The San Francisco Symphony's MahlerMania continued earlier this month with a quartet of performances of the monumental Second Symphony, nicknamed the "Resurrection." I grew up listening to the Leonard Bernstein/New York Philharmonic recording as a teenager, usually with the stereo going full blast while smoking marijuana with neighborhood friends, but had somehow managed to make it through this lifetime without hearing a live performance.
It's a great piece of music for precocious, overemotional young people, with its wild mood swings, its trip into the dark, violent abyss near the end, followed by the huge chorus and two soprano soloists slowly making their way up to some kind of operatic, heavenly finale. The only music that's comparable is the huge choral setpiece in heaven at the opening of Boito's "Mefistofole" opera.
I was looking forward to the concert immensely, but the conducting by Michael Tilson Thomas sounded strangely inert to me. The orchestra, in all its many moments and sections, was superb, but as an organic whole the performance never really "lifted off the ground," as an audience member sitting behind us put it. Instead, it was rather as if a beautiful old watch had been taken apart, with every part shined and refurbished, but somehow never put back together again. The symphony was a string of parts, and the essential dramatic core, with all its overindulgent emotionalism, never really came through.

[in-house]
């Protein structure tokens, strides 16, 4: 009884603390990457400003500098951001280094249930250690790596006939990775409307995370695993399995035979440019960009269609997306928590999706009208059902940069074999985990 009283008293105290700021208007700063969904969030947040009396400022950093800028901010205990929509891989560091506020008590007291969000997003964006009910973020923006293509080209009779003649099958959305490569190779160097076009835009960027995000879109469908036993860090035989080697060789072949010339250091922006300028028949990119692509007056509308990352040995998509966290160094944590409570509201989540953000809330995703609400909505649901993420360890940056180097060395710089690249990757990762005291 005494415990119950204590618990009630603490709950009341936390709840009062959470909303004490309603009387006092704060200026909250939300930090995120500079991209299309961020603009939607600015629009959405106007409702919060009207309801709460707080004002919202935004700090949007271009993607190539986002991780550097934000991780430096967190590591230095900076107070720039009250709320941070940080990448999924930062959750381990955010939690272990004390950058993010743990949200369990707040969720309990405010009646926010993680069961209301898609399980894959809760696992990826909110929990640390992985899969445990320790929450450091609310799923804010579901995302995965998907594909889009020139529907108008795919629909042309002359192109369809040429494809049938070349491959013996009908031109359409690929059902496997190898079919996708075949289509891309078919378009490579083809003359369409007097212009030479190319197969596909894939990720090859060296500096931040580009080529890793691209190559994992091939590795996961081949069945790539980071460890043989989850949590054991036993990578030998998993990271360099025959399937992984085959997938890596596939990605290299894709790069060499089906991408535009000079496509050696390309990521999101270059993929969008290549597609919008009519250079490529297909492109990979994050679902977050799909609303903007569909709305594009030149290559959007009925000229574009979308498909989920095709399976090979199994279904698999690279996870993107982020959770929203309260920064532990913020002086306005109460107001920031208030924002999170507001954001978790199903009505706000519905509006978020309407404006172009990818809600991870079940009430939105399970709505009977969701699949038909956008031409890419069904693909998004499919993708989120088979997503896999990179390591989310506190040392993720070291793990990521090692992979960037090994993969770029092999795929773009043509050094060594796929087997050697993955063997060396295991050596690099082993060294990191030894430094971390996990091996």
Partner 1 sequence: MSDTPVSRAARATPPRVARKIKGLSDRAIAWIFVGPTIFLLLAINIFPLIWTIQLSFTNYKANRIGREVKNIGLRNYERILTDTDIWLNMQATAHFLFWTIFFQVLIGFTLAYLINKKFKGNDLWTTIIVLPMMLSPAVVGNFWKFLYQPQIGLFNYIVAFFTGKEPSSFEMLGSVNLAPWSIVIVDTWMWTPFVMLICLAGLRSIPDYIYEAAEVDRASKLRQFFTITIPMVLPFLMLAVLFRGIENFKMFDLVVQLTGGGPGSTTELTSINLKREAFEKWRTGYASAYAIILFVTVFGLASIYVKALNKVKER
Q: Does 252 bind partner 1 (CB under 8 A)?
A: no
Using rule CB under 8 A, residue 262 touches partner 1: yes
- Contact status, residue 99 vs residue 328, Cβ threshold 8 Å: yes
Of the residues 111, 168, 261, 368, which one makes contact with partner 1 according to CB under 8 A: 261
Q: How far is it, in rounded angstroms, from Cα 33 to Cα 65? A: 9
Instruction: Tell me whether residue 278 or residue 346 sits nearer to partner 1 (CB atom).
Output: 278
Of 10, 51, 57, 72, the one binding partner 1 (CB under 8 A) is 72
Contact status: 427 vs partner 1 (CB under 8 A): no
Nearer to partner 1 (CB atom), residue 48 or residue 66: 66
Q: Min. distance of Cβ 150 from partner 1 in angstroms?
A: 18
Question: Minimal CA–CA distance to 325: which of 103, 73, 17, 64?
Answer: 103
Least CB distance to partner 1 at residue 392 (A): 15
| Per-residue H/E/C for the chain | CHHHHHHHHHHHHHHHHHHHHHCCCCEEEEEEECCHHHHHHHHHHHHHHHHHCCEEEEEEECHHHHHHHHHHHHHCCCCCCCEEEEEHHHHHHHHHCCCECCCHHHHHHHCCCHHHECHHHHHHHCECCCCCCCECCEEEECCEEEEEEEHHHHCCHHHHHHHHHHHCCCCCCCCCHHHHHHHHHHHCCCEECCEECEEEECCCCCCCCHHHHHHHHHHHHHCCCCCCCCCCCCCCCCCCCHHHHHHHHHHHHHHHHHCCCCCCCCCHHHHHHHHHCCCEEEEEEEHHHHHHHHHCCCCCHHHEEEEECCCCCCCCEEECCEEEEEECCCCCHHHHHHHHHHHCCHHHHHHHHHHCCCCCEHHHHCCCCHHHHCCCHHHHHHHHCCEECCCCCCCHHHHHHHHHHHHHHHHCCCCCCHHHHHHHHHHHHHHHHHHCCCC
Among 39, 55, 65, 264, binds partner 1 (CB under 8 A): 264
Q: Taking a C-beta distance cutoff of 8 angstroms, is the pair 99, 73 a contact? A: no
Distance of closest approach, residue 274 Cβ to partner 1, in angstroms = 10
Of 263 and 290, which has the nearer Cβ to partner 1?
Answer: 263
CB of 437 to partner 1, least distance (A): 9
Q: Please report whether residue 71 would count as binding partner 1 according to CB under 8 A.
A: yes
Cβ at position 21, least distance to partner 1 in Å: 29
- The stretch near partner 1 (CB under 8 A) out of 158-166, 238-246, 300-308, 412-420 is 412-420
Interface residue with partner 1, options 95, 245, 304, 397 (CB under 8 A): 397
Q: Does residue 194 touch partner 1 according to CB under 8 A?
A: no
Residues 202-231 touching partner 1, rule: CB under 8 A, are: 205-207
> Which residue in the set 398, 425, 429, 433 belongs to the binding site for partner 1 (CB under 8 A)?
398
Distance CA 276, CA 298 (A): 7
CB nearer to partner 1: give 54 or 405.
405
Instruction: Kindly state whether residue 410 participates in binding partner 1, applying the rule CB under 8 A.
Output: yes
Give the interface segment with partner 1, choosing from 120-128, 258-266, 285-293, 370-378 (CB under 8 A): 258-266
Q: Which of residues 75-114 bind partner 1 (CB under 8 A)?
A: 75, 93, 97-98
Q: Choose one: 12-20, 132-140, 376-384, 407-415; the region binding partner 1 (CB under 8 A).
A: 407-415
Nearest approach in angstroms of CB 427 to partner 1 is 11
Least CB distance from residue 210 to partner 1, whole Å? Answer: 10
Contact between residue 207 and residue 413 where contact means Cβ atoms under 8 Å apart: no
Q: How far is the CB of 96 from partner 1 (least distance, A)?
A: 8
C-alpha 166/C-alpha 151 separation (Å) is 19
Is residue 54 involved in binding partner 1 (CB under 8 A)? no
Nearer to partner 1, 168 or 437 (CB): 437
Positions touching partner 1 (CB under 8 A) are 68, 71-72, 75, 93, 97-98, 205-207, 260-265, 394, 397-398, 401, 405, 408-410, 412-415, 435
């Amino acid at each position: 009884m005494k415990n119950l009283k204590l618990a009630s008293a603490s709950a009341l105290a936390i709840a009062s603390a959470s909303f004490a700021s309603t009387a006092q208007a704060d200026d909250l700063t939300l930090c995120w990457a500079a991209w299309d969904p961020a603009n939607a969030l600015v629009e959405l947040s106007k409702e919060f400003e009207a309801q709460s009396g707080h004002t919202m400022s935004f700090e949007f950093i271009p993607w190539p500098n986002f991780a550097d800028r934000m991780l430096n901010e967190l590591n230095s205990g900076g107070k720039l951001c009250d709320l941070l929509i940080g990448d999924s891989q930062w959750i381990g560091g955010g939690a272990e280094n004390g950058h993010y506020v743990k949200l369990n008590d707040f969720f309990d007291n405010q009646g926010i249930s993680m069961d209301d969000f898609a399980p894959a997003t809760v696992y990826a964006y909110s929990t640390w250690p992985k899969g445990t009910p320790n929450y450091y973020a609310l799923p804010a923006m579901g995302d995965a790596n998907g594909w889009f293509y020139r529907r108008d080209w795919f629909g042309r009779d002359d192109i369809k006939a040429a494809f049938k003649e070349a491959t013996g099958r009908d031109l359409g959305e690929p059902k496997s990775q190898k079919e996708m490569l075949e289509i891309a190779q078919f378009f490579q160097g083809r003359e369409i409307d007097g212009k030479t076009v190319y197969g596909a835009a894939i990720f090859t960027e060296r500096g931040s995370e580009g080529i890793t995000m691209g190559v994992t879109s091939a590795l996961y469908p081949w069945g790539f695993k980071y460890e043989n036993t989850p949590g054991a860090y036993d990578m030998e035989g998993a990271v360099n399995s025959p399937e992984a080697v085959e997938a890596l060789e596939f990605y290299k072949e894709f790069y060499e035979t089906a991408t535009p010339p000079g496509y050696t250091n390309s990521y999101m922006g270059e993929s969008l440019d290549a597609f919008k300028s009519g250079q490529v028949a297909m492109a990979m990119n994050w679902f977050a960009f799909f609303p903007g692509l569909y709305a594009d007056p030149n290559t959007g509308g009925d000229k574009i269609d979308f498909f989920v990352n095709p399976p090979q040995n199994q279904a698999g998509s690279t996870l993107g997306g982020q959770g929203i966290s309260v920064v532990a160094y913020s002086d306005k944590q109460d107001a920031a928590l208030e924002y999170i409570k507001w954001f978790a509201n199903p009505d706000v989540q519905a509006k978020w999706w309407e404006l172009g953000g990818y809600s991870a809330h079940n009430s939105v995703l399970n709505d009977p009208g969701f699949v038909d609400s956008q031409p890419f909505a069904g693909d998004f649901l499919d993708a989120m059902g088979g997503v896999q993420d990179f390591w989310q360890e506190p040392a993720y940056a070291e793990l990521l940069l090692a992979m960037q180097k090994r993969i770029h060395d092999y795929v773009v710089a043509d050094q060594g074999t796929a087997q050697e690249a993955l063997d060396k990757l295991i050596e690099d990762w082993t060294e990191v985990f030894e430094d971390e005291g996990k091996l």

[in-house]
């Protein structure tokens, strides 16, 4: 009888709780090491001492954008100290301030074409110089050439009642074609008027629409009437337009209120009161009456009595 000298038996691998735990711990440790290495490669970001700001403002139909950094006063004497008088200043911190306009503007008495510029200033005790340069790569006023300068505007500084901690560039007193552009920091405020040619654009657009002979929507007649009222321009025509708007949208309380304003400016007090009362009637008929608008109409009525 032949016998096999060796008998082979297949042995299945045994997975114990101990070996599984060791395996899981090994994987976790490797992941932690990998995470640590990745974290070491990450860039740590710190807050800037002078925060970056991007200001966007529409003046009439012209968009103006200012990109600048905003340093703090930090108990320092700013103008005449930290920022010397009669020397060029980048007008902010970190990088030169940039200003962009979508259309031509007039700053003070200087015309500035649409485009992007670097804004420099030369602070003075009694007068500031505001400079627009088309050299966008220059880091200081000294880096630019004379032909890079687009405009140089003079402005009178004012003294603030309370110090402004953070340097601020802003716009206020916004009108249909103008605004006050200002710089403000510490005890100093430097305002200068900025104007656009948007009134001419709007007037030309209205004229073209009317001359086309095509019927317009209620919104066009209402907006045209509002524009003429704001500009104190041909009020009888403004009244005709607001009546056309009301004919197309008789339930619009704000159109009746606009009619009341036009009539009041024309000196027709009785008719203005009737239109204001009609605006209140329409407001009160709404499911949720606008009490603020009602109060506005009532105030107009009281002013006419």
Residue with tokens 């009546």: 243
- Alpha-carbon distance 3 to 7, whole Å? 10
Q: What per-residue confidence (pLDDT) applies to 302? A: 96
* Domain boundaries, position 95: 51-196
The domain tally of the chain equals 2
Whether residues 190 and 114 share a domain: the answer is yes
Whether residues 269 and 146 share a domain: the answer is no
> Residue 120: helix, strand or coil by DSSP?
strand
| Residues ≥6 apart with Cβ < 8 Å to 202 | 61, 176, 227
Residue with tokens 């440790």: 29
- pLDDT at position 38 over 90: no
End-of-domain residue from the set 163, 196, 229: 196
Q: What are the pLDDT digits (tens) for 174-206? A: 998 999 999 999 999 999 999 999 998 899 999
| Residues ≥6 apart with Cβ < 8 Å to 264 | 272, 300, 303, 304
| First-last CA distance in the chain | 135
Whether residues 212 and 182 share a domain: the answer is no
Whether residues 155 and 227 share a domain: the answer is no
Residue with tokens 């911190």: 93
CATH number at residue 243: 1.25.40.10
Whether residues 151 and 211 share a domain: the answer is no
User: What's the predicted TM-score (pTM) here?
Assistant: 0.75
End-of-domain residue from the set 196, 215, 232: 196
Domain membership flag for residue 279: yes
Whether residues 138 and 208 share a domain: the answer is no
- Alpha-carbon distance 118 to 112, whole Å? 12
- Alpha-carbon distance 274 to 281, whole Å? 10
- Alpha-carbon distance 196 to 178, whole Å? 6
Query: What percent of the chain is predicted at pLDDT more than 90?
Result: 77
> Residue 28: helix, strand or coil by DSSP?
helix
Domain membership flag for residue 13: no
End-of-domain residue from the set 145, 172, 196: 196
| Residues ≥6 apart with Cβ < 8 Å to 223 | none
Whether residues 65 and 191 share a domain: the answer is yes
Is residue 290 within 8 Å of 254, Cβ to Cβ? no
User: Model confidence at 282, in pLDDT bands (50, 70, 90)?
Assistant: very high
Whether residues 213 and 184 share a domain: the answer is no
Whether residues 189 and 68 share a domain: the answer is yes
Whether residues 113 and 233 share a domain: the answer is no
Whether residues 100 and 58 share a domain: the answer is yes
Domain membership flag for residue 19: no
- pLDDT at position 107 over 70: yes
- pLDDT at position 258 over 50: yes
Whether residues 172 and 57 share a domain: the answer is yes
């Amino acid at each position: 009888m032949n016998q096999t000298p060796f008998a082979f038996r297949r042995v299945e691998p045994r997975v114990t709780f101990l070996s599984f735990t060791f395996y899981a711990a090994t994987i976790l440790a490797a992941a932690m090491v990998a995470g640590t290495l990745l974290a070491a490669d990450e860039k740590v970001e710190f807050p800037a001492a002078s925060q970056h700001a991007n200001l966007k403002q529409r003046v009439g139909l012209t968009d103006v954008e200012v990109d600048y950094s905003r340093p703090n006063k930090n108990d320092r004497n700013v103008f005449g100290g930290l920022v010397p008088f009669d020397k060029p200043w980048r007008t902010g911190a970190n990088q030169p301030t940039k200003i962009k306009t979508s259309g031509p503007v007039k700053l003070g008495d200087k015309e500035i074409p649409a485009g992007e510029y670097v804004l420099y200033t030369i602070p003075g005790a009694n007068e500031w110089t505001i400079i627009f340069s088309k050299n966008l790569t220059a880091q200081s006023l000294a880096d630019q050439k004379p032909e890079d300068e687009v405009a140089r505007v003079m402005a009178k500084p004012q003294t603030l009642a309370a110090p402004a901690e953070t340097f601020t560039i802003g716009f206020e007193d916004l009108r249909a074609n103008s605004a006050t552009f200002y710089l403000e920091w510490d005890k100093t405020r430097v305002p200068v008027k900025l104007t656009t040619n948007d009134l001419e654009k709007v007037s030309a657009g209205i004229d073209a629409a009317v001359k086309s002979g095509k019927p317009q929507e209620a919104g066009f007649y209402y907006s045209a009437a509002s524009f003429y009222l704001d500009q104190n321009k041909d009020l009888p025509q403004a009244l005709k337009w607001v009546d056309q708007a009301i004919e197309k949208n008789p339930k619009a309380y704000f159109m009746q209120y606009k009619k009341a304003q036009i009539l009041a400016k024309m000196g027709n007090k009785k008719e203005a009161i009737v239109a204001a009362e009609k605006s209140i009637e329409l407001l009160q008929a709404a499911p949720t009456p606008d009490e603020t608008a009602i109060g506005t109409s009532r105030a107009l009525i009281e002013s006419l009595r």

The Symphony has taken this performance on tour over the last two weeks, alternating with the Kissine premiere, the Tchaikovsky Violin Concertto with Tetzlaff, along with Ravel's "Valses..." and Lizst's "Tasso." The tour started in Ann Arbor, Michigan where the University Choir sang the finale in the Mahler, moved on to Philadelphia where the critic for the Philadelphia Enquirer loved the performance, though interestingly enough his description doesn't contradict mine.
"Every micro-phase in this massive, 90-minute work for large orchestra, chorus, and vocal soloists was crystallized in sound, manner, and gesture. Every moment was, for lack of a better word, itself - a clear outgrowth of what came before, but unlike anything already heard or yet to come."
The two soloists, Katarina Karneus and Laura Claycomb, were wonderful though Claycomb's pefectly beautiful voice isn't what's really required for the over-the-top finale. You want a big, porno instrument that can sail over anything and everything. I wonder how the ensemble sounded in Carnegie Hall, the final stop on the tour. (Update: the New York Times critic, Anthony "Strapping" Tommasini, loved the concerts. I guess we're just snottier in San Francisco.)